But with the cease fire in Gaza and an inauguration like today's, I am full of hope.

Wednesday, January 7, 2009

ee i ee i OH!

Things are heating up in Gaza and I feel compelled to write my opinions, however politically incorrect, but I just can't muster up the fire to do it right now. Maybe tomorrow. Instead some light-hearted stories about language missteps that months and years later still have us laughing.

We're raising bi-lingual kids so everyday we speak in a mishmash of Hebrew and English peppered with a little Spanish. It is California after all, si? Many of our friends are Hebrew-speaking and while most have an impressive command of English, now and again someone will have a funny story about a pronunciation, spelling or spoken error. And then we chuckle and remember all of our past mistakes from living in or traveling to other countries. I always tell the story of how, when I was house-sitting in Santiago, Chile I had my boyfriend over and some other friends and explained to them how I had accidentally fallen in the shower and that's why I was so grumpy. Silence. And then someone changed the subject. An hour later we're doing dishes and I mention how when I fell in the shower it totally knocked the wind out of me to which Diego, the boyfriend, replied I'm not sure you're using the right verb…he was being polite, like a good Chilean. I had apparently told all of his friends how I took a dump in the shower. Of course, they just figured that since I was American I must be very "open" and willing to share all kinds of weird and inappropriate details about my life with total strangers. Nice one.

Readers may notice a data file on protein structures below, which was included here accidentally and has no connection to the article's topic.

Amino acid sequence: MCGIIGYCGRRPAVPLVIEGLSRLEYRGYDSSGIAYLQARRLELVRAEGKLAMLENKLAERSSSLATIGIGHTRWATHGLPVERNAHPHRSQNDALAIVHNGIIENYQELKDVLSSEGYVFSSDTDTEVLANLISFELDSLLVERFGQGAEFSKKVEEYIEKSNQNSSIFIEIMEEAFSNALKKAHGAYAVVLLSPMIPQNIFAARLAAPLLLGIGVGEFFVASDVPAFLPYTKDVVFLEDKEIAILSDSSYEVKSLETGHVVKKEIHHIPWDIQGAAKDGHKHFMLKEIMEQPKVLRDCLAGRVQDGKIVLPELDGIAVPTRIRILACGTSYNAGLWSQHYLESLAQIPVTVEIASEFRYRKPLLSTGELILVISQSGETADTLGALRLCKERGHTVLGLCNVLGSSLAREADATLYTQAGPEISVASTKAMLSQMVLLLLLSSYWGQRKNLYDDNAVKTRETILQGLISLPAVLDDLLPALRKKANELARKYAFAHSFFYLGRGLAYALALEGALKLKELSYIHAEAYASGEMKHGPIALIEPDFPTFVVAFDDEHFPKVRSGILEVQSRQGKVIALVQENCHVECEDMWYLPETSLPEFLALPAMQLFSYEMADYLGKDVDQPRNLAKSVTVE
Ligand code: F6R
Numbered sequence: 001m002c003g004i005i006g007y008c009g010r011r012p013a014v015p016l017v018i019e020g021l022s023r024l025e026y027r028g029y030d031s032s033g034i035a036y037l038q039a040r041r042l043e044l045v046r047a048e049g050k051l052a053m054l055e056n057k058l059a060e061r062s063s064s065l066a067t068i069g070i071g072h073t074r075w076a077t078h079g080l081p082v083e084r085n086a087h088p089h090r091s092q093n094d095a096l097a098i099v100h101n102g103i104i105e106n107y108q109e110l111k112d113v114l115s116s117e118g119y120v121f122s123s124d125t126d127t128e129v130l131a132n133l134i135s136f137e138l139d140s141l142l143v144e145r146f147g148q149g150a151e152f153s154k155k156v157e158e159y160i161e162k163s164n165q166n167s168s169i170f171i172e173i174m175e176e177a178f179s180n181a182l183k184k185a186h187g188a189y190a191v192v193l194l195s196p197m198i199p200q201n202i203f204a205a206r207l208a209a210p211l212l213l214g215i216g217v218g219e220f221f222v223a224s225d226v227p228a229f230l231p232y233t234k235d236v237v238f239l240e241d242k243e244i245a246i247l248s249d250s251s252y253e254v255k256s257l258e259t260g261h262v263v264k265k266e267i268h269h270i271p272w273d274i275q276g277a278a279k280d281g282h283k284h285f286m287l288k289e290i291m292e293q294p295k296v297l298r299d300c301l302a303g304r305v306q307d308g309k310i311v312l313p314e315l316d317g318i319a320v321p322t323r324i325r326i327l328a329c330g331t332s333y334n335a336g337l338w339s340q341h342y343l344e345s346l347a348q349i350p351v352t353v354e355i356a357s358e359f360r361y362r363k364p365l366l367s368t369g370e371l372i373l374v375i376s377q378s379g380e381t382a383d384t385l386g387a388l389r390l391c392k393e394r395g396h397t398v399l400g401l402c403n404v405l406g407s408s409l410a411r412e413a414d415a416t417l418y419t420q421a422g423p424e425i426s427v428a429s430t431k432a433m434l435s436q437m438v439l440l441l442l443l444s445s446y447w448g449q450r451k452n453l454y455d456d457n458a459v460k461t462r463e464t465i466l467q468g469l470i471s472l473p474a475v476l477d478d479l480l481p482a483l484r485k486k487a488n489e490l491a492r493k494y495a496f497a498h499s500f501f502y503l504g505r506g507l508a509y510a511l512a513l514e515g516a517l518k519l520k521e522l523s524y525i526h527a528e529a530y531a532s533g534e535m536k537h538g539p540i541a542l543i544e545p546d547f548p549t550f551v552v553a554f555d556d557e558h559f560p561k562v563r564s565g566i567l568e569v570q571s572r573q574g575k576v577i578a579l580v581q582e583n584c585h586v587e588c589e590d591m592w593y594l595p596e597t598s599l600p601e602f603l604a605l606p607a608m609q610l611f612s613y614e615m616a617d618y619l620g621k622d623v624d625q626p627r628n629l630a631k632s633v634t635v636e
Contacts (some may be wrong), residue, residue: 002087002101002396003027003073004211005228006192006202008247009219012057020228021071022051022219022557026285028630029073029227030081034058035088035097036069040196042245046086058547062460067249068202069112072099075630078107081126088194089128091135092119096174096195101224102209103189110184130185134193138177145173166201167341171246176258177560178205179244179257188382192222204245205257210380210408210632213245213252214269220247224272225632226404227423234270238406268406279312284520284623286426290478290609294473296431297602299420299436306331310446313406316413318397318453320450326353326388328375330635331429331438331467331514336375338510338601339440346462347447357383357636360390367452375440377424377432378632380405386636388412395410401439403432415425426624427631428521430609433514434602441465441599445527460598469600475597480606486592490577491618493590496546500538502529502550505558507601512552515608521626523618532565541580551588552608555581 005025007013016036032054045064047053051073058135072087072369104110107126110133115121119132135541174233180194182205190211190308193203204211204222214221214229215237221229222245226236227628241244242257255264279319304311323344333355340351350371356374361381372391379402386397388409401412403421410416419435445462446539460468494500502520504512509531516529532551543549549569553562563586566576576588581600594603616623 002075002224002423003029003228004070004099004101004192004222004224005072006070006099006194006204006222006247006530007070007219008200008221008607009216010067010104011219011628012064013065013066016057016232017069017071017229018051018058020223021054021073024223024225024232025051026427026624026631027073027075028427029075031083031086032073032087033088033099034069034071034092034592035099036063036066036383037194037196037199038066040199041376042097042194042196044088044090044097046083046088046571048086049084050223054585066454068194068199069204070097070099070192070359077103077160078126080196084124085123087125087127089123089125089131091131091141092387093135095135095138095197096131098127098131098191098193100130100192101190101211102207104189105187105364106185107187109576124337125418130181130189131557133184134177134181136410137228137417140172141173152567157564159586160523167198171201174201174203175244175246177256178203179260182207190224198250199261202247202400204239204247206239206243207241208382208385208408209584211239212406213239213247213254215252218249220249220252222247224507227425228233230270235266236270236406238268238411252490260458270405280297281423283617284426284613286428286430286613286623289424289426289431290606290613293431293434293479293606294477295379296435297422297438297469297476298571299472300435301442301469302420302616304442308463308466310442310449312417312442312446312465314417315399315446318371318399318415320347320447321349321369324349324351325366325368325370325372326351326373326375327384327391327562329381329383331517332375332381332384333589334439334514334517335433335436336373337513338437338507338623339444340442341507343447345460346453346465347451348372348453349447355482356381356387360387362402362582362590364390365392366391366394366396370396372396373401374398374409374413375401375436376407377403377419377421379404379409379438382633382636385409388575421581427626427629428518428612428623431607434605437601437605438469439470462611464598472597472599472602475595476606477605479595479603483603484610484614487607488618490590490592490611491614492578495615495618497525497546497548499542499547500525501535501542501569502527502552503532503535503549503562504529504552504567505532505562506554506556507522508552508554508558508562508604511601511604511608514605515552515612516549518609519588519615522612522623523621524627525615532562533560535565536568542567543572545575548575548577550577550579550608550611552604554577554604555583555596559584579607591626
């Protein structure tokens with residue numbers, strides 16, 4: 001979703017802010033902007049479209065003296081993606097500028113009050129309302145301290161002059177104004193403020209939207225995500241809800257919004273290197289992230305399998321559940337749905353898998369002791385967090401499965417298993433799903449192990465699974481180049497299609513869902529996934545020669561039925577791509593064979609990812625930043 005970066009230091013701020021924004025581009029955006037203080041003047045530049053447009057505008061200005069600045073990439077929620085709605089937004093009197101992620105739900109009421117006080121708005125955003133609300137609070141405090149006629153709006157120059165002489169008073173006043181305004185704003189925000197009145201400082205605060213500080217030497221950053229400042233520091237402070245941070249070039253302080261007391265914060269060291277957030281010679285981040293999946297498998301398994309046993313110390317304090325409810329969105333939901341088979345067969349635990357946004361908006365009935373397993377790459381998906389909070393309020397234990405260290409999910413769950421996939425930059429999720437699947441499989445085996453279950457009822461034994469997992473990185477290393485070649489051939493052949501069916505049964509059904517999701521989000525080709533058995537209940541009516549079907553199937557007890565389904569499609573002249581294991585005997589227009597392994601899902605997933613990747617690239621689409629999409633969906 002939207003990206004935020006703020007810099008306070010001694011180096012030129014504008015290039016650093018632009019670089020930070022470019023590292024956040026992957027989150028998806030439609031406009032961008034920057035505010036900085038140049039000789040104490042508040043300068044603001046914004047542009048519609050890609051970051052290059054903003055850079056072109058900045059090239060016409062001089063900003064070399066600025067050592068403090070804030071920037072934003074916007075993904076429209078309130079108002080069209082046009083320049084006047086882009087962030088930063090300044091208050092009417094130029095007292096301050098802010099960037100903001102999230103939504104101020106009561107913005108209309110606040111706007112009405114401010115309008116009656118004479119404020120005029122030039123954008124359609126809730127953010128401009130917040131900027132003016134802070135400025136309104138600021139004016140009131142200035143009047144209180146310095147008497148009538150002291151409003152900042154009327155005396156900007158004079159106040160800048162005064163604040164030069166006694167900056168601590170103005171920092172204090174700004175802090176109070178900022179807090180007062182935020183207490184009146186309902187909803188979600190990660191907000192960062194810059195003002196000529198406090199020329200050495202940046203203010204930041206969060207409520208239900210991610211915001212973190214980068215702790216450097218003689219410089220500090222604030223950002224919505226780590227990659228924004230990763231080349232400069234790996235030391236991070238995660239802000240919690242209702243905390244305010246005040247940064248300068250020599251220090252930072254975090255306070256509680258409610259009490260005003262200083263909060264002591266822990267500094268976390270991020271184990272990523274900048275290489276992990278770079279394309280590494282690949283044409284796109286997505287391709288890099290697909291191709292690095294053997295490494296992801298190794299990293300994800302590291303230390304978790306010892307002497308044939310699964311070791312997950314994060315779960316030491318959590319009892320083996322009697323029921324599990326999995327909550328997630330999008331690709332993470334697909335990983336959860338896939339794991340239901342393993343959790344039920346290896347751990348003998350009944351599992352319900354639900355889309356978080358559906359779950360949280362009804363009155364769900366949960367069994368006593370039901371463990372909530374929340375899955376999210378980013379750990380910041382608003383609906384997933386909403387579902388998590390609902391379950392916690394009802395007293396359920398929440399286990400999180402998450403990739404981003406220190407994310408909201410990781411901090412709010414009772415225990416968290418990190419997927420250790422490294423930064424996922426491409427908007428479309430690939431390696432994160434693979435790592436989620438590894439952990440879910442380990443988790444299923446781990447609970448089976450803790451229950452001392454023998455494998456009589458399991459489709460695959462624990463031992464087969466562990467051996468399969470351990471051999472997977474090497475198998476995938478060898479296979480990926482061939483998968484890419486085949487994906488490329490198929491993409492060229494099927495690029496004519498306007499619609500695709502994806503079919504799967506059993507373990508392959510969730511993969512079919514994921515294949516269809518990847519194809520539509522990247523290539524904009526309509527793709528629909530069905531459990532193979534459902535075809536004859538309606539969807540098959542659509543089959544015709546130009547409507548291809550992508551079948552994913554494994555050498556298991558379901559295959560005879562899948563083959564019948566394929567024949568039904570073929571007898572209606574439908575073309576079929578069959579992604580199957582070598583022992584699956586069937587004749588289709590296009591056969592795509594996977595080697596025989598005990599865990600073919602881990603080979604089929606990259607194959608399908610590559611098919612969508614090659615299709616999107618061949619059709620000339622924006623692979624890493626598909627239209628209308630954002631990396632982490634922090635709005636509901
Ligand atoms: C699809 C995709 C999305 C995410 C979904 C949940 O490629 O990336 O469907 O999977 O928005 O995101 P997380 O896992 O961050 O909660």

Another favorite was about a friend of a friend who got on a bus in Israel and asked the driver if she could put her suitcase in his ass. As opposed to underneath the bus. She only missed it by one preposition. The driver was apparently very amused and happy to accommodate.